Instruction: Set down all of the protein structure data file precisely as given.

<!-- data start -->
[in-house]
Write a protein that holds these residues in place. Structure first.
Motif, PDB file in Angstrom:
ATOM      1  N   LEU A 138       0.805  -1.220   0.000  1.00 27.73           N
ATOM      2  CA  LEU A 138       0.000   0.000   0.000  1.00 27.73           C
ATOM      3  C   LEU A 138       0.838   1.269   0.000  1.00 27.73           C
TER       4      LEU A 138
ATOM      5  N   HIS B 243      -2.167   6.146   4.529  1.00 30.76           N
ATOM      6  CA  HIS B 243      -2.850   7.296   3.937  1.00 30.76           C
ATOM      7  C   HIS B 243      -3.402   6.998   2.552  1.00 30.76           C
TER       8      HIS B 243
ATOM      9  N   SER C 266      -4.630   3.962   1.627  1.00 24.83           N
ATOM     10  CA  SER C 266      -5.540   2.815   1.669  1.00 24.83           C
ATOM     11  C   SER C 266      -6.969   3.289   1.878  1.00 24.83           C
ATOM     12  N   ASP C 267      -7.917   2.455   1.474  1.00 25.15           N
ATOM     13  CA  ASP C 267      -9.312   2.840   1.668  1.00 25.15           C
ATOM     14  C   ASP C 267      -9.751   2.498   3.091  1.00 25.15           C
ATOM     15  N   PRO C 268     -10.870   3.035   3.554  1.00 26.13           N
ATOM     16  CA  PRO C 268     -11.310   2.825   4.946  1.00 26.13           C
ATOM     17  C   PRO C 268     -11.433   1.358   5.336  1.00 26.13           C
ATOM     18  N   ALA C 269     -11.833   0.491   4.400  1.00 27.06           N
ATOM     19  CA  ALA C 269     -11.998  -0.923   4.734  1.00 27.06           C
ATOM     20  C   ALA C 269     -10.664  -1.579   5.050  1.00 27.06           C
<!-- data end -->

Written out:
[in-house]
Write a protein that holds these residues in place. Structure first.
Motif, PDB file in Angstrom:
ATOM      1  N   LEU A 138       0.805  -1.220   0.000  1.00 27.73           N
ATOM      2  CA  LEU A 138       0.000   0.000   0.000  1.00 27.73           C
ATOM      3  C   LEU A 138       0.838   1.269   0.000  1.00 27.73           C
TER       4      LEU A 138
ATOM      5  N   HIS B 243      -2.167   6.146   4.529  1.00 30.76           N
ATOM      6  CA  HIS B 243      -2.850   7.296   3.937  1.00 30.76           C
ATOM      7  C   HIS B 243      -3.402   6.998   2.552  1.00 30.76           C
TER       8      HIS B 243
ATOM      9  N   SER C 266      -4.630   3.962   1.627  1.00 24.83           N
ATOM     10  CA  SER C 266      -5.540   2.815   1.669  1.00 24.83           C
ATOM     11  C   SER C 266      -6.969   3.289   1.878  1.00 24.83           C
ATOM     12  N   ASP C 267      -7.917   2.455   1.474  1.00 25.15           N
ATOM     13  CA  ASP C 267      -9.312   2.840   1.668  1.00 25.15           C
ATOM     14  C   ASP C 267      -9.751   2.498   3.091  1.00 25.15           C
ATOM     15  N   PRO C 268     -10.870   3.035   3.554  1.00 26.13           N
ATOM     16  CA  PRO C 268     -11.310   2.825   4.946  1.00 26.13           C
ATOM     17  C   PRO C 268     -11.433   1.358   5.336  1.00 26.13           C
ATOM     18  N   ALA C 269     -11.833   0.491   4.400  1.00 27.06           N
ATOM     19  CA  ALA C 269     -11.998  -0.923   4.734  1.00 27.06           C
ATOM     20  C   ALA C 269     -10.664  -1.579   5.050  1.00 27.06           C